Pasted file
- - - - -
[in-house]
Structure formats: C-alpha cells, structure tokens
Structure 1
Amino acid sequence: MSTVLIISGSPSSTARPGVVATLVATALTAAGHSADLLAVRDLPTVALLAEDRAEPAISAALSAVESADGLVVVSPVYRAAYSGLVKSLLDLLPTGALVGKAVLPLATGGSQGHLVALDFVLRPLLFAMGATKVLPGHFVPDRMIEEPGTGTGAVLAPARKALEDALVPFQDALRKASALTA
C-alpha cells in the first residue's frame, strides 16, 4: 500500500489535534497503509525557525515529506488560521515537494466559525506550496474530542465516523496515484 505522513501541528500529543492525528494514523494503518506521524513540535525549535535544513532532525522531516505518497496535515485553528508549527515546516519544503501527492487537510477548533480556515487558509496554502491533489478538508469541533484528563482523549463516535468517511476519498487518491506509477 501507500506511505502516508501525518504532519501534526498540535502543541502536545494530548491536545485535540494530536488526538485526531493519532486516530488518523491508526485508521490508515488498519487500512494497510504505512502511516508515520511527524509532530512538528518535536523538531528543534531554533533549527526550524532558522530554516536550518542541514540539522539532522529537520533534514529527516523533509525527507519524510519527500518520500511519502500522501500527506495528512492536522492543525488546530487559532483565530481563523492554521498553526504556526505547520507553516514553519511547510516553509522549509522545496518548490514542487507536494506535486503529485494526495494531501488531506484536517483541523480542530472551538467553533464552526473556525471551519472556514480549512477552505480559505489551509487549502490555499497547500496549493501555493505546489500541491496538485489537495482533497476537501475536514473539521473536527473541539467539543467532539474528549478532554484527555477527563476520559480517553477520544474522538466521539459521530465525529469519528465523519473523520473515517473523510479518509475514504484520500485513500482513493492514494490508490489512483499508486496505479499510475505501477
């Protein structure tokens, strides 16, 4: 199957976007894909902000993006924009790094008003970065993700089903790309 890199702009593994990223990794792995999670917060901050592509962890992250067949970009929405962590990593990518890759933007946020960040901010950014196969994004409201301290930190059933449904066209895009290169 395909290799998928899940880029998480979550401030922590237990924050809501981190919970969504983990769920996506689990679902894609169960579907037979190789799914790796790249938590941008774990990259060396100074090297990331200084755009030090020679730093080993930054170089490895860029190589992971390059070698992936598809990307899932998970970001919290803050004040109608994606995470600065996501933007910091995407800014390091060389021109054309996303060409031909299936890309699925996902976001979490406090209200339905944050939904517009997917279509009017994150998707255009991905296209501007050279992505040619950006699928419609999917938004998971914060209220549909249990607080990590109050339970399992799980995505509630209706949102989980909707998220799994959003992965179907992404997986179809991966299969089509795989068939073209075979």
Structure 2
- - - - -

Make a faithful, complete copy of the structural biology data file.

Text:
[in-house]
Structure formats: C-alpha cells, structure tokens
Structure 1
Amino acid sequence: MSTVLIISGSPSSTARPGVVATLVATALTAAGHSADLLAVRDLPTVALLAEDRAEPAISAALSAVESADGLVVVSPVYRAAYSGLVKSLLDLLPTGALVGKAVLPLATGGSQGHLVALDFVLRPLLFAMGATKVLPGHFVPDRMIEEPGTGTGAVLAPARKALEDALVPFQDALRKASALTA
C-alpha cells in the first residue's frame, strides 16, 4: 500500500489535534497503509525557525515529506488560521515537494466559525506550496474530542465516523496515484 505522513501541528500529543492525528494514523494503518506521524513540535525549535535544513532532525522531516505518497496535515485553528508549527515546516519544503501527492487537510477548533480556515487558509496554502491533489478538508469541533484528563482523549463516535468517511476519498487518491506509477 501507500506511505502516508501525518504532519501534526498540535502543541502536545494530548491536545485535540494530536488526538485526531493519532486516530488518523491508526485508521490508515488498519487500512494497510504505512502511516508515520511527524509532530512538528518535536523538531528543534531554533533549527526550524532558522530554516536550518542541514540539522539532522529537520533534514529527516523533509525527507519524510519527500518520500511519502500522501500527506495528512492536522492543525488546530487559532483565530481563523492554521498553526504556526505547520507553516514553519511547510516553509522549509522545496518548490514542487507536494506535486503529485494526495494531501488531506484536517483541523480542530472551538467553533464552526473556525471551519472556514480549512477552505480559505489551509487549502490555499497547500496549493501555493505546489500541491496538485489537495482533497476537501475536514473539521473536527473541539467539543467532539474528549478532554484527555477527563476520559480517553477520544474522538466521539459521530465525529469519528465523519473523520473515517473523510479518509475514504484520500485513500482513493492514494490508490489512483499508486496505479499510475505501477
């Protein structure tokens, strides 16, 4: 199957976007894909902000993006924009790094008003970065993700089903790309 890199702009593994990223990794792995999670917060901050592509962890992250067949970009929405962590990593990518890759933007946020960040901010950014196969994004409201301290930190059933449904066209895009290169 395909290799998928899940880029998480979550401030922590237990924050809501981190919970969504983990769920996506689990679902894609169960579907037979190789799914790796790249938590941008774990990259060396100074090297990331200084755009030090020679730093080993930054170089490895860029190589992971390059070698992936598809990307899932998970970001919290803050004040109608994606995470600065996501933007910091995407800014390091060389021109054309996303060409031909299936890309699925996902976001979490406090209200339905944050939904517009997917279509009017994150998707255009991905296209501007050279992505040619950006699928419609999917938004998971914060209220549909249990607080990590109050339970399992799980995505509630209706949102989980909707998220799994959003992965179907992404997986179809991966299969089509795989068939073209075979």
Structure 2